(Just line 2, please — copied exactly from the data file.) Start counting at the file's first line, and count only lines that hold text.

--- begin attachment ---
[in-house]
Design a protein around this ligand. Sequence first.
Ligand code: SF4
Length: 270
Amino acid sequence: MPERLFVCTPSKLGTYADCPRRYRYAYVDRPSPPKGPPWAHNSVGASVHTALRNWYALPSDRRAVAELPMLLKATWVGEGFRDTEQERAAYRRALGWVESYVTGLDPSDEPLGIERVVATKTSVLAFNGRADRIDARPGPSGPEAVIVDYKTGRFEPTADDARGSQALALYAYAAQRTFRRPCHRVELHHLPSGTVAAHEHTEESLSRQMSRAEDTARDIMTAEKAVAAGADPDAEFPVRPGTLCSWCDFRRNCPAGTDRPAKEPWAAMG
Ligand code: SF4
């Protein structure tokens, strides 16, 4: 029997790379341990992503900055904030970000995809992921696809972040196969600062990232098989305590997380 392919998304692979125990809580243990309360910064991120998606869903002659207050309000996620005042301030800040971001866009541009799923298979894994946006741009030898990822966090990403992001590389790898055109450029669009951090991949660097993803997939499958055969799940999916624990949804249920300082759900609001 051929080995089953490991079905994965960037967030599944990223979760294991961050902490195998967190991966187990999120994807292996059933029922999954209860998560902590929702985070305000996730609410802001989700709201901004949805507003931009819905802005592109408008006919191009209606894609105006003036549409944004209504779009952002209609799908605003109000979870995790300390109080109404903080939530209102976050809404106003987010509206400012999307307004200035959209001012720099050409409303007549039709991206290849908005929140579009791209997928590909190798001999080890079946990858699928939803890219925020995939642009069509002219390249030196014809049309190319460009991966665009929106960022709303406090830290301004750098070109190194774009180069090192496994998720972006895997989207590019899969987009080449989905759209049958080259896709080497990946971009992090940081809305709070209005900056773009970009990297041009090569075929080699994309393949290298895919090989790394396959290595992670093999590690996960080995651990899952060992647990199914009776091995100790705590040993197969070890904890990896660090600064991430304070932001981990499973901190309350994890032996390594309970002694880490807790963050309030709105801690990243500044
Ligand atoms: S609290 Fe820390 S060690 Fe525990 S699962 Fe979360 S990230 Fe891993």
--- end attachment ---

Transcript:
Design a protein around this ligand. Sequence first.